Shares of DreamWorks, known for its "Shrek" and "Madagascar" animated films, soared Monday following media reports that Japanese telecommunications and Internet company Softbank is in talks about buying the studio.
Several reports over the weekend said that DreamWorks Animation SKG Inc. is discussing selling itself to SoftBank Corp., or teaming up with the company in some type of partnership. DreamWorks and SoftBank did not respond to messages seeking comment on the reports, which cited unnamed sources with knowledge of the discussions.
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Shares in Dreamworks, which is based in Glendale, California, rose $5.50, or about 25 percent, to $27.86 in afternoon trading. Before Monday, the stock had been down 37 percent since the beginning of the year.
SoftBank bought 78 percent of Sprint for $21.6 billion last year. And it has a 32 percent stake in Chinese e-commerce company Alibaba, which just had a blockbuster initial public offering on the New York Stock Exchange.
The bid appears to be about Softbank's efforts at "media empire building," said Cowen and Co. analyst Doug Cruetz.
"We don't see a lot of rhyme or reason to the pattern of vaguely related assets SoftBank is rolling up; this looks more to us like conglomeratization," Cruetz wrote in a client note. "Attempts have been made many times in the past to marry content and distribution and they generally have not borne fruit (and have often led to significant value destruction)."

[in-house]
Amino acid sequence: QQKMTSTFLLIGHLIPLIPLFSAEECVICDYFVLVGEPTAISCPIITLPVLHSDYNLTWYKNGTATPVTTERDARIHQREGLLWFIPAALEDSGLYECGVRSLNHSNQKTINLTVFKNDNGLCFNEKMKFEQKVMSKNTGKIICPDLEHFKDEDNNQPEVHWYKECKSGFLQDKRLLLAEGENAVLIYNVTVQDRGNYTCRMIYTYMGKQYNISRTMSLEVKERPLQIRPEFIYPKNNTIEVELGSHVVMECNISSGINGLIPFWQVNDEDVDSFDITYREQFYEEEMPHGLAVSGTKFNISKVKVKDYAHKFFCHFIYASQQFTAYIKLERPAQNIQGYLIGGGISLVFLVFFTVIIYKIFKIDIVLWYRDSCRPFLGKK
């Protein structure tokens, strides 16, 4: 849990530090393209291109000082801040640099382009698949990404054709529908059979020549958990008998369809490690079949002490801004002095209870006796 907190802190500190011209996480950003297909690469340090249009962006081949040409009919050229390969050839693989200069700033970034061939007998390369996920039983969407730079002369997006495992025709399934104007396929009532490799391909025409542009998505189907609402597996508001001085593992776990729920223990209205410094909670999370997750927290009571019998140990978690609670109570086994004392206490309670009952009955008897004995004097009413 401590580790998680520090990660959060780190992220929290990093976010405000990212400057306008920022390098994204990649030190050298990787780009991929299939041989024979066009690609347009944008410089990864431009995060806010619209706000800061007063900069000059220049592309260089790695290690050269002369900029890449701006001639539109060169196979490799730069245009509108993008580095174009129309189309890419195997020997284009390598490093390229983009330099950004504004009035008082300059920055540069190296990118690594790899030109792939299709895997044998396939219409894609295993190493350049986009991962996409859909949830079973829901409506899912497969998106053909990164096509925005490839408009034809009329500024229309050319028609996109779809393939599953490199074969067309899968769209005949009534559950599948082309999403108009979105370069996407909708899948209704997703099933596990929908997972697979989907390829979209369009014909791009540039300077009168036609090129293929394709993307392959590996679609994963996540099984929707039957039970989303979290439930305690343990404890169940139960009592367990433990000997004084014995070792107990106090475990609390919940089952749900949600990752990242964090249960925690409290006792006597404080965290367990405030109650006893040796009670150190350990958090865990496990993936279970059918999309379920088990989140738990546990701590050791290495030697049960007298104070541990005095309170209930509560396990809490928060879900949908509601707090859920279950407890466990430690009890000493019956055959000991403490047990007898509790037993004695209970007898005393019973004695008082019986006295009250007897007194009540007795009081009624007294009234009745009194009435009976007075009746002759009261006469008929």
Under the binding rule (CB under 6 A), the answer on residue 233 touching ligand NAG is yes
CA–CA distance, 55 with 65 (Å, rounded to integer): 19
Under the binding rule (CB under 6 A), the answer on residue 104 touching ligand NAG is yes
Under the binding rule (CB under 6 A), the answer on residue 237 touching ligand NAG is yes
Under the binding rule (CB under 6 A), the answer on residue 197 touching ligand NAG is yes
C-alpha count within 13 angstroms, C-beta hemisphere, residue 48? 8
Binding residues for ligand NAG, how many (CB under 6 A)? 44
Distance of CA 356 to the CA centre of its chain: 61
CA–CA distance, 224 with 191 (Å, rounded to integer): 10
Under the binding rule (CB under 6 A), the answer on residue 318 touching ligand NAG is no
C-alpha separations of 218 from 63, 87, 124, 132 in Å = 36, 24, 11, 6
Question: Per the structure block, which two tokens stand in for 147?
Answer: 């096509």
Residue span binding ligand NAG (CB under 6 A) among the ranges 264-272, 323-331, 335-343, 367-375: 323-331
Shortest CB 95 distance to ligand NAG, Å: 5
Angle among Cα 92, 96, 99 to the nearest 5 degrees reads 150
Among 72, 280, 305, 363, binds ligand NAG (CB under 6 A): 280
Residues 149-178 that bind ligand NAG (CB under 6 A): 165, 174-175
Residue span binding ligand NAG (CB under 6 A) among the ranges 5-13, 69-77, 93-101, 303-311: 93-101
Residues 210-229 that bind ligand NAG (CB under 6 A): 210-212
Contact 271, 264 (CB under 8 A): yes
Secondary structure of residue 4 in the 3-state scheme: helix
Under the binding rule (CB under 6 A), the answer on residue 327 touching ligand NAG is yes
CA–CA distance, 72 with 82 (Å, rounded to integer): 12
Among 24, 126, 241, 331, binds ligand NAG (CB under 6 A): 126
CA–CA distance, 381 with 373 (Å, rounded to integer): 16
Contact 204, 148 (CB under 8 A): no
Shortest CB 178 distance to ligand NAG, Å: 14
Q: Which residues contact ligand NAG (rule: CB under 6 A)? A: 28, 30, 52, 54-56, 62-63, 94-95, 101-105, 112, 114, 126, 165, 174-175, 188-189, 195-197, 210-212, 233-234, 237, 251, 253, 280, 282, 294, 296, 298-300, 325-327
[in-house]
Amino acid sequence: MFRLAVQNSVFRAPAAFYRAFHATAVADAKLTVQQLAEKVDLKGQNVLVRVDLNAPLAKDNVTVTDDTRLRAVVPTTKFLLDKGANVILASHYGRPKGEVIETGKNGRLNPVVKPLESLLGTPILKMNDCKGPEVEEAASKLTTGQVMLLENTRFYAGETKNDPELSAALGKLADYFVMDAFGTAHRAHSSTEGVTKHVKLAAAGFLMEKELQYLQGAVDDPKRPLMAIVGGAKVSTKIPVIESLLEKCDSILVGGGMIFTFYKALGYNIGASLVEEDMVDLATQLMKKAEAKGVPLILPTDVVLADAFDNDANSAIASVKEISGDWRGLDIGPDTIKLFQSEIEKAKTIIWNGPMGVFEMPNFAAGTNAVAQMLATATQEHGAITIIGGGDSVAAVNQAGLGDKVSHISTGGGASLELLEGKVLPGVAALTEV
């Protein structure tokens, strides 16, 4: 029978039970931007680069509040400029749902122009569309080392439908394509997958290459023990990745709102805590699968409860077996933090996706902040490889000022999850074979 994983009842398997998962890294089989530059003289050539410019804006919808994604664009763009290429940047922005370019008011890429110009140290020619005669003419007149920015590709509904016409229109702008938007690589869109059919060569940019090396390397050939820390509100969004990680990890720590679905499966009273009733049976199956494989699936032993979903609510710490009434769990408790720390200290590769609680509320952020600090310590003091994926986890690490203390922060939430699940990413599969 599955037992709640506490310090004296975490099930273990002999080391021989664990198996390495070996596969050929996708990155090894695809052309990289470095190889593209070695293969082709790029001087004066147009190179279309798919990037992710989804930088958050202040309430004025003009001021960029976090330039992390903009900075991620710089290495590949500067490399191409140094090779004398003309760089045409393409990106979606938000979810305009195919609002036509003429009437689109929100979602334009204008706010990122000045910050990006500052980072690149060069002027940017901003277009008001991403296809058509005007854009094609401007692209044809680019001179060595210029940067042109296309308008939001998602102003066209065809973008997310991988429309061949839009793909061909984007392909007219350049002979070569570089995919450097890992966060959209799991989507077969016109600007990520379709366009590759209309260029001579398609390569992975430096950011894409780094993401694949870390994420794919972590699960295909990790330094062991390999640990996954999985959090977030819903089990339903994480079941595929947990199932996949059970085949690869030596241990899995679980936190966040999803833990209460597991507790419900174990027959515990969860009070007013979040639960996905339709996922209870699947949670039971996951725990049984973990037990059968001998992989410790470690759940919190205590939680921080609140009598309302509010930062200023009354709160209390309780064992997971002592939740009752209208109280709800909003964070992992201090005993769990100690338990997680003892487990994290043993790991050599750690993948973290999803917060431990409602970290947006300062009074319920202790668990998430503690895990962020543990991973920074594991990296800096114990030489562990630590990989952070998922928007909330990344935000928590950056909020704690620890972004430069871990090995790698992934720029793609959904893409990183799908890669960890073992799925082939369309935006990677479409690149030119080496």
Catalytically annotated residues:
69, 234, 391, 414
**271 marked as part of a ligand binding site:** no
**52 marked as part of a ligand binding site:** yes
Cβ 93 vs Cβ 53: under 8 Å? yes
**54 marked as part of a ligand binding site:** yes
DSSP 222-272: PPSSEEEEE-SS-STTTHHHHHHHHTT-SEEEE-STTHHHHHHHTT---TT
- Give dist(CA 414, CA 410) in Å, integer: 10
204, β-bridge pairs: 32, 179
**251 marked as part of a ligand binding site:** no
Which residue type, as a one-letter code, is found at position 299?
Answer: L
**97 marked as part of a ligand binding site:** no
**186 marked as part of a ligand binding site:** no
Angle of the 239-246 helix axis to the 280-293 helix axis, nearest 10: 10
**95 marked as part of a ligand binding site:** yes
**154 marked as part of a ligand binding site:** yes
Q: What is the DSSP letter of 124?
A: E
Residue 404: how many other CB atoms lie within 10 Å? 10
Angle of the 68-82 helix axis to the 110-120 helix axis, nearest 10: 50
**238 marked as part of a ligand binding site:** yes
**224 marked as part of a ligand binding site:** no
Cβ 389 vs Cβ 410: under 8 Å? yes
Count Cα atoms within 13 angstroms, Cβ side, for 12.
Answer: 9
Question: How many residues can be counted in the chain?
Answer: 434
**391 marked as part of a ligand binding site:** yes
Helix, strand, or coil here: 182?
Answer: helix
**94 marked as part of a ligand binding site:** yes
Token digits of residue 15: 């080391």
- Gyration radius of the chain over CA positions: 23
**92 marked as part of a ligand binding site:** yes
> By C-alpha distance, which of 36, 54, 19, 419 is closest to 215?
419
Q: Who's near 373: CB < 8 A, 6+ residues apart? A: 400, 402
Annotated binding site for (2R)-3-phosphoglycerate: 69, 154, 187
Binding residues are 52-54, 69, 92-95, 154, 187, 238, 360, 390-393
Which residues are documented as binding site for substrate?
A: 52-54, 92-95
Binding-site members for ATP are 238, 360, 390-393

While Dreamworks' "Shrek" and "Madagascar" were hits, some of its other movies, like "How to Train Your Dragon 2," which was in theaters over the summer, have not done as well as anticipated. In the second quarter, DreamWorks reported a loss and its revenue declined. The results missed analysts' expectations.
Dreamworks has been speculated as a potential takeover target before. Earlier this month, Janney analyst Tony Wible said a foreign suitor would be the "most probable" buyer.
"We believe Chinese firms could look to Dreamworks as a means to export media and build up their local film industry," Wible wrote. He added that Dreamworks has fared better than other studios in China, the No. 2 film market, where it has released 13 films and has a local production studio.
"Furthermore, there is a penchant for animated content in the region (10 percent of China's box office)," he wrote in a client note.
AP Business Writer Michelle Chapman contributed to this report.